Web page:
Social Exchange and Reciprocal Integration between Migrants and Hosts at Work. / Blasco, Maribel; Paunova, Minna .

2018. Paper presented at 19th Nordic Migration Research Conference. NMR 2018 , Norrköping, Sweden.

Research output: Contribution to conferencePaperResearchpeer-review

TY - CONF

T1 - Social Exchange and Reciprocal Integration between Migrants and Hosts at Work

AU - Blasco,Maribel

AU - Paunova,Minna

N1 - CBS Library has no access to the material

PY - 2018

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N2 - We develop new theory of reciprocal integration between migrants and hosts, with a view to investigating and establishing the idea that integration goes both ways and requires mutual engagement between the two parties. Reciprocal integration is provisionally defined as micro exchange interactions involving perceived symmetry and mutual engagement between migrants and hosts. We focus specifically on work interactions in organizations because successful and meaningful employment is the single most important determinant of migrants’ overall integration in society and potential net fiscal contribution (OECD 2013). So far, integration has remained heavily conceptualized and operationalized as a one-way street, that is, the primary responsibility of migrants (at the interpersonal level) or nation states (at the institutional level). We know very little about the role of hosts, including employers and native employees. We do know, however, that hosts who are unable or unwilling to reciprocally engage with migrants risk missing out on their potential professional and/or social contributions, and may even experience threats to their sense of belonging ‘at home’ (or in this case, ‘at work’). Through the development of a theoretical model based on social exchange theory, the paper explores the micro-dynamics of reciprocal integration at work, and how reciprocal integration relates to higher-order phenomena such as social cohesion and multiculturalism.

AB - We develop new theory of reciprocal integration between migrants and hosts, with a view to investigating and establishing the idea that integration goes both ways and requires mutual engagement between the two parties. Reciprocal integration is provisionally defined as micro exchange interactions involving perceived symmetry and mutual engagement between migrants and hosts. We focus specifically on work interactions in organizations because successful and meaningful employment is the single most important determinant of migrants’ overall integration in society and potential net fiscal contribution (OECD 2013). So far, integration has remained heavily conceptualized and operationalized as a one-way street, that is, the primary responsibility of migrants (at the interpersonal level) or nation states (at the institutional level). We know very little about the role of hosts, including employers and native employees. We do know, however, that hosts who are unable or unwilling to reciprocally engage with migrants risk missing out on their potential professional and/or social contributions, and may even experience threats to their sense of belonging ‘at home’ (or in this case, ‘at work’). Through the development of a theoretical model based on social exchange theory, the paper explores the micro-dynamics of reciprocal integration at work, and how reciprocal integration relates to higher-order phenomena such as social cohesion and multiculturalism.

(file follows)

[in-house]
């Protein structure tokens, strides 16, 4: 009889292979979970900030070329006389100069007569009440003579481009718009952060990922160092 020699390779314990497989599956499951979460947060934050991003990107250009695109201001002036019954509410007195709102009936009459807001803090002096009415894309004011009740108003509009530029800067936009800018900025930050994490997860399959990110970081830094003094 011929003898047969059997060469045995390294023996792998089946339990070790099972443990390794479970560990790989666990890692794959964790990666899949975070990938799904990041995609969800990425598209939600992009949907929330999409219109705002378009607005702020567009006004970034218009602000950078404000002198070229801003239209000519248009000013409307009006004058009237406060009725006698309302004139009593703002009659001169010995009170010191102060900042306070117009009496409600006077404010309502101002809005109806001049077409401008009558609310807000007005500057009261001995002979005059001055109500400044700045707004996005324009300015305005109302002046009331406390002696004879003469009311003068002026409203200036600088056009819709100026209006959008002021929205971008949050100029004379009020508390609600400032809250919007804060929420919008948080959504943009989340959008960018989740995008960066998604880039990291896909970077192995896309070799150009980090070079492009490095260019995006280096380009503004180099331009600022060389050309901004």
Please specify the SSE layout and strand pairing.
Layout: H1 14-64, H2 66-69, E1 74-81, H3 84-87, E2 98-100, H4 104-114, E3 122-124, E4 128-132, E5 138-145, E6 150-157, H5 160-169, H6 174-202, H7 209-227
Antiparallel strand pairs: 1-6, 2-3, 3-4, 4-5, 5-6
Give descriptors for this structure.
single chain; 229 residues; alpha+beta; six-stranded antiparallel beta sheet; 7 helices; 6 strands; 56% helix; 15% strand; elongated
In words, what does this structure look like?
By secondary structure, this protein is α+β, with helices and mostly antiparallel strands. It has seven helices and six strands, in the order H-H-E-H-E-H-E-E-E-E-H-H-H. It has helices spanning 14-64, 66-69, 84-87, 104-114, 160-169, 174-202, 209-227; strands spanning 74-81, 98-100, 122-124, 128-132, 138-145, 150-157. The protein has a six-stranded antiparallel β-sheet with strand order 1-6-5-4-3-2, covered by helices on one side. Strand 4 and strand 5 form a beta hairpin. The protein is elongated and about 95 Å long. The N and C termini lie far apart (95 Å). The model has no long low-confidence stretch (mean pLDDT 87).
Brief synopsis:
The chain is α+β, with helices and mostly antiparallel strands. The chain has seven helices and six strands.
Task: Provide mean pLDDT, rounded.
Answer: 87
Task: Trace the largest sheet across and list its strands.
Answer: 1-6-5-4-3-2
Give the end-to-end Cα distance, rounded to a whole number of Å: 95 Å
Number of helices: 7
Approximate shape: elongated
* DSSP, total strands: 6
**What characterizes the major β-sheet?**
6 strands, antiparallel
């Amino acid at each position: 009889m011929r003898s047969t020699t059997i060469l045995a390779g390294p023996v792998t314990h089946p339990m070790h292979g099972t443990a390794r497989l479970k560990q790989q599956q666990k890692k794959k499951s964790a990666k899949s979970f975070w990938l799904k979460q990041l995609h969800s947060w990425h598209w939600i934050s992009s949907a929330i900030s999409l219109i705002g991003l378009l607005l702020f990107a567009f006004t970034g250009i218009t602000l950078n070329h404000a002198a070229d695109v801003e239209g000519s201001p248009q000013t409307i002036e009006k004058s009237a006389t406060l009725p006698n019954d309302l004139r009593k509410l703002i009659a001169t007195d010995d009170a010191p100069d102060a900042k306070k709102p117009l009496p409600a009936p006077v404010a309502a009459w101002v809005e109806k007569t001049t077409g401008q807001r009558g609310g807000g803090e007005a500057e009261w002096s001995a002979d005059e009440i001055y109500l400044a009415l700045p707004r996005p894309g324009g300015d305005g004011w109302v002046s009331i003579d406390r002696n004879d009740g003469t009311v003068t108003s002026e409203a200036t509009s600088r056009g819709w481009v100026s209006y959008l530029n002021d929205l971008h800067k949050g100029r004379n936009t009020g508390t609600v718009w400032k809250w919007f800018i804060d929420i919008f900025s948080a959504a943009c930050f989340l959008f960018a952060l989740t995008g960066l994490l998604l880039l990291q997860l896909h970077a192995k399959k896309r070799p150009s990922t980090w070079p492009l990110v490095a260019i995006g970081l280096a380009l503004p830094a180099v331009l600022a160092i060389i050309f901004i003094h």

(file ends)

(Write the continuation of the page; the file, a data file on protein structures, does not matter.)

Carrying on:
M3 - Paper

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Blasco M, Paunova M. Social Exchange and Reciprocal Integration between Migrants and Hosts at Work. 2018. Paper presented at 19th Nordic Migration Research Conference. NMR 2018 , Norrköping, Sweden.